While we recognize that narcotics and firearms are often found in combination, defendant's dispute of the presentencing report warrants an evidentiary hearing on the issue of his connection to the marijuana plants. There is no record of such a hearing. Consequently, we are unable to find proof linking Mabry to the marijuana, much less proof connecting Mabry's use of the guns to the cultivation of marijuana. In light of defendant's denials of the drug offense and the absence of fact finding on this crucial issue, we cannot uphold the application of § 2K2.1(c) (1) on these facts.

Accordingly, we VACATE defendant's sentence, and REMAND to the District Court for further evidentiary hearings on the applicability of § 2K2.1(c) (1) (1988) to this case. In light of this disposition, we do not reach defendant's other objections to his sentence raised on appeal.

WELLFORD, Senior Circuit Judge, dissenting.

Petitioner, Terry Lee Mabry, pleaded guilty to one of three counts of an indictment and was charged with making false statements in the acquisition of firearm in violation of 18 U.S.C. § 922(a) (6). Mabry had been previously convicted of numerous crimes including three separate drug offenses. As found by the magistrate judge:

[T]he defendant used an alias at the time he purchased a rifle from a federally licensed firearms dealer. On August 1, 1988, Kentucky State Police officers seized six firearms from the defendant during the course of a shooting investigation. He was also charged with cultivating 160 marijuana plants, persistent felony offender and possession of a handgun by a convicted felon on the latter date. The firearms offenses were made the subject of the indictment in this case while the other charges remained on the state court level.

J/A 32.

The magistrate judge also found that Mabry was fully advised of his rights at the time the district judge sentenced him, and that he failed to appeal from the sentence. He concluded that Mabry's failure to challenge the propriety of the sentence on direct appeal bars reconsideration of the now contested length of his sentence absent a showing of "cause and prejudice," citing United States v. Frady, 456 U.S. 152 (1982); Williams v. United States, 805 F.2d 1301 (7th Cir. 1986). The magistrate judge then concluded that Mabry made no showing of good cause for the failure to take a direct appeal, but he proceeded, nevertheless, to review Mabry's contentions on the merits, finding that Mabry had established no grounds for relief in any event.

District Judge Siler adopted the proposed findings of fact and recommended conclusions "in full," including the conclusion that Mabry had waived any right to complain about his sentence except to show "cause and prejudice." The court also denied the motion to vacate.

I cannot determine from the record whether Mabry, in fact, filed objections in a timely fashion.1  The Supreme Court interpreted this circuit's filing rule for objections to be nonjurisdictional and, therefore, subject to waiver. Thomas v. Arn, 474 U.S. 140, 146 (1985); Patterson v. Mintzes, 717 F.2d 284, 286 (6th Cir. 198); United States v. Walters, 638 F.2d 947 (6th Cir. 1981). I dissented, however, from the case that the Court relied upon in making its interpretation, and, in my view, this circuit's filing requirement is, indeed, jurisdictional under Walters. See Patterson, 717 F.2d at 289-90 (Wellford, J., dissenting); Walters, 638 F.2d at 950. In any event, I would affirm the district court in each of its findings, so I dissent from the majority opinion.


Frady makes it clear that the standards applied to a direct appeal do not apply to a collateral attack from a criminal conviction (or sentence). " [A] collateral challenge may not do service for an appeal." Frady, 456 U.S. at 165. " [T]o obtain collateral relief a prisoner must clear a significantly higher hurdle than would exist on direct appeal." Id. at 166. " [T]he proper standard for review ... is the 'cause and actual prejudice' standard enunciated in Davis v. United States, 411 U.S. 233 (1973), and later confirmed and extended in Francis v. Henderson, 425 U.S. 536 (1976), and Wainwright v. Sykes, 433 U.S. 72 (1977)." Id. at 167.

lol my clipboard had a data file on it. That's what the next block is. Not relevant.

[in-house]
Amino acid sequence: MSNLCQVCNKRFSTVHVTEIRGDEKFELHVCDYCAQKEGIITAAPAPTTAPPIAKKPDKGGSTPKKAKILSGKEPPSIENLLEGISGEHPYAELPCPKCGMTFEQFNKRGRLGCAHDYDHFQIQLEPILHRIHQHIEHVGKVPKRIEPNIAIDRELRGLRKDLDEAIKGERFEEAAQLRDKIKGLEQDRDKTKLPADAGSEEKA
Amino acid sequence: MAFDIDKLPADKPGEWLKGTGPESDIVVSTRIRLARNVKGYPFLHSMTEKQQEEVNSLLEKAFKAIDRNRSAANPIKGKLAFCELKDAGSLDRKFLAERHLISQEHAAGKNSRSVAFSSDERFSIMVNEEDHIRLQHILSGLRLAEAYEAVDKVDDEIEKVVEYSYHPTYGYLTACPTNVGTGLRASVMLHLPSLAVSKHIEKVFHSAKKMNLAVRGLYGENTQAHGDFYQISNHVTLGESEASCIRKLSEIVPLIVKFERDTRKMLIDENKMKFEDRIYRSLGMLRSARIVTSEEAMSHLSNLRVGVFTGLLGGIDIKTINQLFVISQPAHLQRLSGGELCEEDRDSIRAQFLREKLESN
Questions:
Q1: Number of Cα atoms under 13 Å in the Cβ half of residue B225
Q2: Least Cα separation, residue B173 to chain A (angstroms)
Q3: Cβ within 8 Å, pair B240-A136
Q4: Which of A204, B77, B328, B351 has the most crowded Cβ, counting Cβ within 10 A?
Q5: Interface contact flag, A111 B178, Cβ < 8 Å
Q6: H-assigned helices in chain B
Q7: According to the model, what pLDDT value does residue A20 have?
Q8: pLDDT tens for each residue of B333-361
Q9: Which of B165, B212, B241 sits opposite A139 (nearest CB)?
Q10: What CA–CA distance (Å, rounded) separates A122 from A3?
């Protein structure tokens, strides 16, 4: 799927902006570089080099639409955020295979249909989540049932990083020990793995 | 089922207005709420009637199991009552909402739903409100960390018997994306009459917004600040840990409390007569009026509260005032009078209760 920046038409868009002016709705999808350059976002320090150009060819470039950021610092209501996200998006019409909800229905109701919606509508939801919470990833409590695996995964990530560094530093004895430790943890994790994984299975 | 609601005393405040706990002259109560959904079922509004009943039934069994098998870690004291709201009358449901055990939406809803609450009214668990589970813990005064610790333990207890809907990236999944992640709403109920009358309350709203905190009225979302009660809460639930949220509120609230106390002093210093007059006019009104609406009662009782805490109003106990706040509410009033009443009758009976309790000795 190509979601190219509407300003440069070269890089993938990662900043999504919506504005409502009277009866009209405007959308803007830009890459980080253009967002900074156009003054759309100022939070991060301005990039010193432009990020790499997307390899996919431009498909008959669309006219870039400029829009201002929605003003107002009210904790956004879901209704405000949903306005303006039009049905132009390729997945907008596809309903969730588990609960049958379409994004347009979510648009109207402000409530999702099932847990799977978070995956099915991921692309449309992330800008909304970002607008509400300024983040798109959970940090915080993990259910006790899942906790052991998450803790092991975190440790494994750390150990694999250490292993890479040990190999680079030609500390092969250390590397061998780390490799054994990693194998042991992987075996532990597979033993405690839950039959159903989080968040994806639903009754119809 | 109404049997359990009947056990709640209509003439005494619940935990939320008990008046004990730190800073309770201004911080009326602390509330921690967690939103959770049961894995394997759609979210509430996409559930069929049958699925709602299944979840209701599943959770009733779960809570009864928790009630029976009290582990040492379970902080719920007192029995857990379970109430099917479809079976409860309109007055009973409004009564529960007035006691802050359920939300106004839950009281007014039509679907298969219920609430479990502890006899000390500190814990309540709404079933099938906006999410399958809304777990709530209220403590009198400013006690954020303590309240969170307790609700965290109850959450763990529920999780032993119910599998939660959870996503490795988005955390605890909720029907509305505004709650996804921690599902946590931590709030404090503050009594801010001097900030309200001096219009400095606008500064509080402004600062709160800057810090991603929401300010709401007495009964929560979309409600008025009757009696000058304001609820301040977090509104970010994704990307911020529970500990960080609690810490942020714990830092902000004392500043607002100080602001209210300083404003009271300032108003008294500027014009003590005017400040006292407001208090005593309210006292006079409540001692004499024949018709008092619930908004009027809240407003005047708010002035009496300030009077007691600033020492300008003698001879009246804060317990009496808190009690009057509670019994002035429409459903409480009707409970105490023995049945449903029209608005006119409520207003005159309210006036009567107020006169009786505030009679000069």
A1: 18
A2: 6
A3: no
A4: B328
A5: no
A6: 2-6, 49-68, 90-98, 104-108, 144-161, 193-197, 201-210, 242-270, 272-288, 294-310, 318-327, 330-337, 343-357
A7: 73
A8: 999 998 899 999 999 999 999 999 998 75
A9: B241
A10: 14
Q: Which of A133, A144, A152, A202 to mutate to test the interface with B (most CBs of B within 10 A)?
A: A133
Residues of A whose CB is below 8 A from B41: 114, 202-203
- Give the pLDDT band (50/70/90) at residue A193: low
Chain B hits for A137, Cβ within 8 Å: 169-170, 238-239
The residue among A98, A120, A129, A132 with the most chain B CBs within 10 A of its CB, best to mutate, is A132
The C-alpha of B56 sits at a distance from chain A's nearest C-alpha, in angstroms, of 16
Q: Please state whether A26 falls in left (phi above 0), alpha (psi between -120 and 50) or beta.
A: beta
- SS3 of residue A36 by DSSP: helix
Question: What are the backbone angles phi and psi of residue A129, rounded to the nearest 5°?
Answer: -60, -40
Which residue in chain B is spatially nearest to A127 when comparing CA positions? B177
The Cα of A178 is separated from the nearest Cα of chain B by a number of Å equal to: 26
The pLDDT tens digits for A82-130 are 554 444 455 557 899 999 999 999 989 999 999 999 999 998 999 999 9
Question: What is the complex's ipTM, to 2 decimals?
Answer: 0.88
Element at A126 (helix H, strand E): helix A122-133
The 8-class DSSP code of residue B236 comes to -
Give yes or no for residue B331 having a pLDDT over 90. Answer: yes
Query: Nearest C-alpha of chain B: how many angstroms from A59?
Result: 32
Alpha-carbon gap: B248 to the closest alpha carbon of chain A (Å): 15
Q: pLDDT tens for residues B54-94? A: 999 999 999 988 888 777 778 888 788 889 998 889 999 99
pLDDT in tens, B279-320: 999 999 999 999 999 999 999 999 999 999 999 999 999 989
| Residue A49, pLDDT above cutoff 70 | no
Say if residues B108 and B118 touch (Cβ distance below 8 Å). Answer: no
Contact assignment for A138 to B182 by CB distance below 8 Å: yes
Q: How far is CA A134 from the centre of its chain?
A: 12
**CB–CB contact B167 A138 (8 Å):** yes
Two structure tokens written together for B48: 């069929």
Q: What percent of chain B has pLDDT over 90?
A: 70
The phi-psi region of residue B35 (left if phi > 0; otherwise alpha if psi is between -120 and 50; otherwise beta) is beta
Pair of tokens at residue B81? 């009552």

In my view, Frady establishes that Mabry must show "not merely that the errors at his [sentencing] created a possibility of prejudice, but that they worked to his actual and substantial disadvantage...." Id. at 170 (emphasis in original). I would find no error in the conclusion of the magistrate judge, approved and adopted by the district judge, that Mabry failed in this collateral attack.

Mabry states in his response (objection) to the findings and recommendation that the "proper base offense level" should be 16 not 18. His real objection throughout was to the "double counting" of the firearm use charge, not to the enhancement of the base offense by reason of unconvicted but allegedly "committed" marijuana offenses. He concedes that "limited case law may support enhancing a base offense level for other alleged criminal acts which do not lead to conviction." J/A 48. He objects to "the added two (2) point enhancement for using a gun in the commission of another offense when the original charge was a firearms violation." Thus, if the objections were timely made they are, in essence, objections to the two point enhancement of the base offense level under the guidelines. As indicated in the presentence report, however, the "guidelines imprisonment range based upon a total offense level of 16 and a criminal history category of VI," is 46-57 months. The sentence imposed by the district court was within that range. There was no concurrent objection by Mabry's counsel.

In regard to the magistrate judge's finding that Mabry waived his appeal, therefore, I find that Mabry has not established, as a matter of law, the requisites of the "cause and prejudice" standards of Frady and Sykes. If there were any errors at sentencing, in light of the information available to the sentencing judge and the position taken by Mabry's counsel, such error has not been demonstrated to have caused actual and substantial prejudice to him.